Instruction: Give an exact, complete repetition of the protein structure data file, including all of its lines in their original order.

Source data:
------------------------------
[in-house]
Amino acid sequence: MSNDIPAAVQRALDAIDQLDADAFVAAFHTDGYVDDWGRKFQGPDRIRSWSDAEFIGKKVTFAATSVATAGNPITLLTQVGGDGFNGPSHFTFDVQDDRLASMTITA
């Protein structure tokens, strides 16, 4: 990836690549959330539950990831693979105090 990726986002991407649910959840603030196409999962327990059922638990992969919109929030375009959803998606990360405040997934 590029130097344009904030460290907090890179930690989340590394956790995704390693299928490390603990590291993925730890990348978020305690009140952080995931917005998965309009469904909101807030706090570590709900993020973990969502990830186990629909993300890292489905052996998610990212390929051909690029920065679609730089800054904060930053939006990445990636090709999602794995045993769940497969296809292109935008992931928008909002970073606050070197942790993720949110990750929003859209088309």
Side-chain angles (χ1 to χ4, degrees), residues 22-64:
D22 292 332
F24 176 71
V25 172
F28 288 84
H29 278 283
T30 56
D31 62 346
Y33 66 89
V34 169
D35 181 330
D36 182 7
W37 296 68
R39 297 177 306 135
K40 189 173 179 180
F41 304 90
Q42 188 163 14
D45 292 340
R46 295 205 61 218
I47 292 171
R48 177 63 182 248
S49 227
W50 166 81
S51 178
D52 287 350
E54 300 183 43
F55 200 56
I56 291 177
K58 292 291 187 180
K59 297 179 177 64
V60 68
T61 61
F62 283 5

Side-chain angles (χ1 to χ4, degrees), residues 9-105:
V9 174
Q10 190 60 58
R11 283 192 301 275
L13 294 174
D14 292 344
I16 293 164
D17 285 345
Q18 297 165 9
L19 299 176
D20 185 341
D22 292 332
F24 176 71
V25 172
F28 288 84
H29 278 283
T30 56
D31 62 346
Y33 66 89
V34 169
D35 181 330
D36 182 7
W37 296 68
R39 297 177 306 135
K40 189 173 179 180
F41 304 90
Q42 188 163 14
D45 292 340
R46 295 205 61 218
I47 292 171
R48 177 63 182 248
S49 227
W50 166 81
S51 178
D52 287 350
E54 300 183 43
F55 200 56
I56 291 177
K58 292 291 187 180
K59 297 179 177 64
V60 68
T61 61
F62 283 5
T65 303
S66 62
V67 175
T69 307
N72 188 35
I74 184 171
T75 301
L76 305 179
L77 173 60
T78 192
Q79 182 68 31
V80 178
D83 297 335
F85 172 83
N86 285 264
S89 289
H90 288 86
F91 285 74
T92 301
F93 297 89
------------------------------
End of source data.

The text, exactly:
[in-house]
Amino acid sequence: MSNDIPAAVQRALDAIDQLDADAFVAAFHTDGYVDDWGRKFQGPDRIRSWSDAEFIGKKVTFAATSVATAGNPITLLTQVGGDGFNGPSHFTFDVQDDRLASMTITA
């Protein structure tokens, strides 16, 4: 990836690549959330539950990831693979105090 990726986002991407649910959840603030196409999962327990059922638990992969919109929030375009959803998606990360405040997934 590029130097344009904030460290907090890179930690989340590394956790995704390693299928490390603990590291993925730890990348978020305690009140952080995931917005998965309009469904909101807030706090570590709900993020973990969502990830186990629909993300890292489905052996998610990212390929051909690029920065679609730089800054904060930053939006990445990636090709999602794995045993769940497969296809292109935008992931928008909002970073606050070197942790993720949110990750929003859209088309």
Side-chain angles (χ1 to χ4, degrees), residues 22-64:
D22 292 332
F24 176 71
V25 172
F28 288 84
H29 278 283
T30 56
D31 62 346
Y33 66 89
V34 169
D35 181 330
D36 182 7
W37 296 68
R39 297 177 306 135
K40 189 173 179 180
F41 304 90
Q42 188 163 14
D45 292 340
R46 295 205 61 218
I47 292 171
R48 177 63 182 248
S49 227
W50 166 81
S51 178
D52 287 350
E54 300 183 43
F55 200 56
I56 291 177
K58 292 291 187 180
K59 297 179 177 64
V60 68
T61 61
F62 283 5

Side-chain angles (χ1 to χ4, degrees), residues 9-105:
V9 174
Q10 190 60 58
R11 283 192 301 275
L13 294 174
D14 292 344
I16 293 164
D17 285 345
Q18 297 165 9
L19 299 176
D20 185 341
D22 292 332
F24 176 71
V25 172
F28 288 84
H29 278 283
T30 56
D31 62 346
Y33 66 89
V34 169
D35 181 330
D36 182 7
W37 296 68
R39 297 177 306 135
K40 189 173 179 180
F41 304 90
Q42 188 163 14
D45 292 340
R46 295 205 61 218
I47 292 171
R48 177 63 182 248
S49 227
W50 166 81
S51 178
D52 287 350
E54 300 183 43
F55 200 56
I56 291 177
K58 292 291 187 180
K59 297 179 177 64
V60 68
T61 61
F62 283 5
T65 303
S66 62
V67 175
T69 307
N72 188 35
I74 184 171
T75 301
L76 305 179
L77 173 60
T78 192
Q79 182 68 31
V80 178
D83 297 335
F85 172 83
N86 285 264
S89 289
H90 288 86
F91 285 74
T92 301
F93 297 89